Promise of mobile technology delivered to the hospital

INDIANAPOLIS – As hospitalists – doctors who provide general medical care to inpatients – become more common, new study sheds new light on missed and potential integration opportunities for mobile technology, such as phones laptops, tablets and applications (applications) in hospital workflow to improve patient care.

“Health systems across the country have invested heavily in health information technology. [HIT], but when it comes to mobile technology delivered to hospitals, HIT hasn’t incorporated a lot of user-centric designs, ”said study correspondent author and human factors engineer April Savoy, PhD, researcher from the Regenstrief Institute and the US Department of Veterans Affairs and Purdue School of Engineering and Technology at the IUPUI faculty member. “Cell phones work well for ordering a ride from a car service or posting to social media, as their apps are designed for the consumers these companies want to reach. But we have seen a lack of user-centric mobile technology applications designed to reduce hassle and increase the efficiency of hospital workflows and improve patient care.

“We have determined that when hospital workers leave their desks to see patients, these hard-working doctors are relying on paper, pen and, most importantly, their memory,” noted Dr. Savoy. This memory addiction contributes to the cognitive load of daily work and can threaten patient safety. With the increasing volume and acuity of patients everywhere, ways to improve daily hospital care are urgently needed.

“During the rounds, the hospital workers do not use mobile technology because it is not user-oriented. It lacks easy-to-use apps on small screens without a keyboard, as most healthcare systems haven’t figured out how to make mobile devices accessible when and where it’s needed and haven’t addressed basic issues like battery life and device sanitation.

After mapping workflows and interviewing hospitals, the study authors identified the most frequent, redundant, or most difficult tasks from a vendor perspective and came up with potential solutions, including types of applications. that can be prioritized to solve problems and provide solutions. Based on their analysis, they concluded that mobile apps focused on data entry and presentation that support specific tasks should also be prioritized.

“Clinician Perspectives on Unmet Mobile Technology Needs Among Hospitallers: A Workflow Analysis Based on Semi-structured Interviews” is published online in Human Factors JMIR. The study, which was funded by the Department of Veterans Affairs, was conducted to inform the design and implementation processes of future health information technologies to improve the continuity of hospital medicine and , ultimately, patient care.

The authors, in addition to Dr. Savoy, are former Regenstrief Institute research scientist Jason Saleem, PhD, now JB Speed ​​School of Engineering, University of Louisville; Barry C. Barker and Himalaya Patel, PhD, of the Center for Health Information and Communication at the Richard L. Roudebush Department of Veterans Affairs Medical Center, and hospitalist Areeba Kara, MD, of Indiana University School of Medicine and IU Health Physicians.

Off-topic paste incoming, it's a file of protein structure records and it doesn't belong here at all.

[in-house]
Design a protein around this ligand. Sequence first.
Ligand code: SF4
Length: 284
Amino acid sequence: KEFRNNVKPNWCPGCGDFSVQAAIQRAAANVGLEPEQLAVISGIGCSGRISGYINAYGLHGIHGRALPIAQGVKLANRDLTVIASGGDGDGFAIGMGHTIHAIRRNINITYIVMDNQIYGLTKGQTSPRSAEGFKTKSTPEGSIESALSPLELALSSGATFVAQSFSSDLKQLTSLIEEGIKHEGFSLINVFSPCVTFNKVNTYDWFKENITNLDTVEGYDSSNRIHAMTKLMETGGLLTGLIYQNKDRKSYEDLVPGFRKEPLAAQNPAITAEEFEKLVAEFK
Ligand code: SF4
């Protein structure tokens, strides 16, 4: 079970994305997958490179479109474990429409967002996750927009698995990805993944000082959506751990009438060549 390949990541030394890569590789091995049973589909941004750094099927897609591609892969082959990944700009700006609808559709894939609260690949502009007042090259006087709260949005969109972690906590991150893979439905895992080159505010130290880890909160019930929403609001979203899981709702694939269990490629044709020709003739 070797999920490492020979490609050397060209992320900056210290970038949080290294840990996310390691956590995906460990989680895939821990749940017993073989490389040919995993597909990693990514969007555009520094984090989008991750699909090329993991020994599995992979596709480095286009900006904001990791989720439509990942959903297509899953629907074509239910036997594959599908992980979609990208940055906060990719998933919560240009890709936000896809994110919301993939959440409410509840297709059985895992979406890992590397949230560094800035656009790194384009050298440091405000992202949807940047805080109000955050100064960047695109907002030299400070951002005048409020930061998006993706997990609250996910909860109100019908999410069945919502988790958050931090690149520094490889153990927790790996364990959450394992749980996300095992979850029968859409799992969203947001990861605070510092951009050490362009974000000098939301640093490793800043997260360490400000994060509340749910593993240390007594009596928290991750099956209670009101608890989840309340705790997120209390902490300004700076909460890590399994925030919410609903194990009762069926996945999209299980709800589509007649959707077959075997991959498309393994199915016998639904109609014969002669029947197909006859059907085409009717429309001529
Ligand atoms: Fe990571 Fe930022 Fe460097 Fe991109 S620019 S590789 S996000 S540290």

About April Savoy, PhD

In addition to her role as a Research Scientist at the Regenstrief Institute, April Savoy, PhD, is Director of the Human Machine Interaction Simulation and Interaction and Health Services Simulation Laboratory at the United States Department of Veterans Affairs. United, and Principal Investigator for the Center for Health Information and Communication, Richard L. Roudebush VA Medical Center. She is also an Assistant Professor of Computing and Information Technology at the Purdue School of Engineering and Technology at IUPUI.

About the Regenstrief Institute

Founded in 1969 in Indianapolis, the Regenstrief Institute is a local, national and global leader dedicated to a world where better information empowers people to end disease and achieve true health. A key research partner of Indiana University, Regenstrief and her researchers are responsible for a growing number of major innovations and studies in healthcare. Examples range from developing global health information technology standards that enable the use and interoperability of electronic health records to improving patient-physician communications, to creating models of care. that inform practice and improve the lives of patients around the world.

Sam Regenstrief, a nationally successful entrepreneur from Connersville, Indiana, founded the institute with the goal of making healthcare more efficient and accessible to all. His vision continues to guide the research mission of the institute.

About Richard L. Roudebush Veterans Affairs (VA) Medical Center

Founded in 1932, the Richard L. Roudebush VA Medical Center serves Indiana and Western Illinois veterans. Roudebush VAMC is one of the largest and most complex medical centers in the Department of Veterans Affairs and provides acute inpatient medical, surgical, psychiatric, rehabilitation and neurological care to more than 60,000 veterans each. year. Some of the many services available to Veterans include emergency medicine, primary care, cardiac care, radiation oncology, audiology, community long-term care, and community VA clinics.

About the IUPUI Purdue School of Engineering and Technology

The IUPUI’s Purdue School of Engineering and Technology is considered one of the premier urban schools of engineering and technology in the United States. It offers undergraduate and graduate programs that prepare students for careers in a global economy, and is recognized regionally, nationally and internationally for its excellence in teaching and learning, research and activities. creative, and community engagement.

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